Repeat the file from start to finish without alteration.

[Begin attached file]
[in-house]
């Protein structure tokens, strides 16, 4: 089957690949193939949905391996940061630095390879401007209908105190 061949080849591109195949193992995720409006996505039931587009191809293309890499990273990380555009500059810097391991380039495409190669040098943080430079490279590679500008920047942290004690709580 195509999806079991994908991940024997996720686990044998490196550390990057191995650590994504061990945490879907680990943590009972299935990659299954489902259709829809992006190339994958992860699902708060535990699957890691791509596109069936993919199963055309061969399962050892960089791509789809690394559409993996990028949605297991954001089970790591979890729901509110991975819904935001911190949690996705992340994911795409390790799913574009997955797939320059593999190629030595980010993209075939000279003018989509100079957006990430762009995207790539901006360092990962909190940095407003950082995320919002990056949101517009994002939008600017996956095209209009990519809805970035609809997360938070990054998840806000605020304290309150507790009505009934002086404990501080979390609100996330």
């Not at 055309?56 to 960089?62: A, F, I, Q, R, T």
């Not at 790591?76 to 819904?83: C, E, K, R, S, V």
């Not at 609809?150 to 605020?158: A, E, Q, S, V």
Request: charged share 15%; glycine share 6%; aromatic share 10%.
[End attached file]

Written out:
[in-house]
């Protein structure tokens, strides 16, 4: 089957690949193939949905391996940061630095390879401007209908105190 061949080849591109195949193992995720409006996505039931587009191809293309890499990273990380555009500059810097391991380039495409190669040098943080430079490279590679500008920047942290004690709580 195509999806079991994908991940024997996720686990044998490196550390990057191995650590994504061990945490879907680990943590009972299935990659299954489902259709829809992006190339994958992860699902708060535990699957890691791509596109069936993919199963055309061969399962050892960089791509789809690394559409993996990028949605297991954001089970790591979890729901509110991975819904935001911190949690996705992340994911795409390790799913574009997955797939320059593999190629030595980010993209075939000279003018989509100079957006990430762009995207790539901006360092990962909190940095407003950082995320919002990056949101517009994002939008600017996956095209209009990519809805970035609809997360938070990054998840806000605020304290309150507790009505009934002086404990501080979390609100996330």
């Not at 055309?56 to 960089?62: A, F, I, Q, R, T």
């Not at 790591?76 to 819904?83: C, E, K, R, S, V």
């Not at 609809?150 to 605020?158: A, E, Q, S, V």
Request: charged share 15%; glycine share 6%; aromatic share 10%.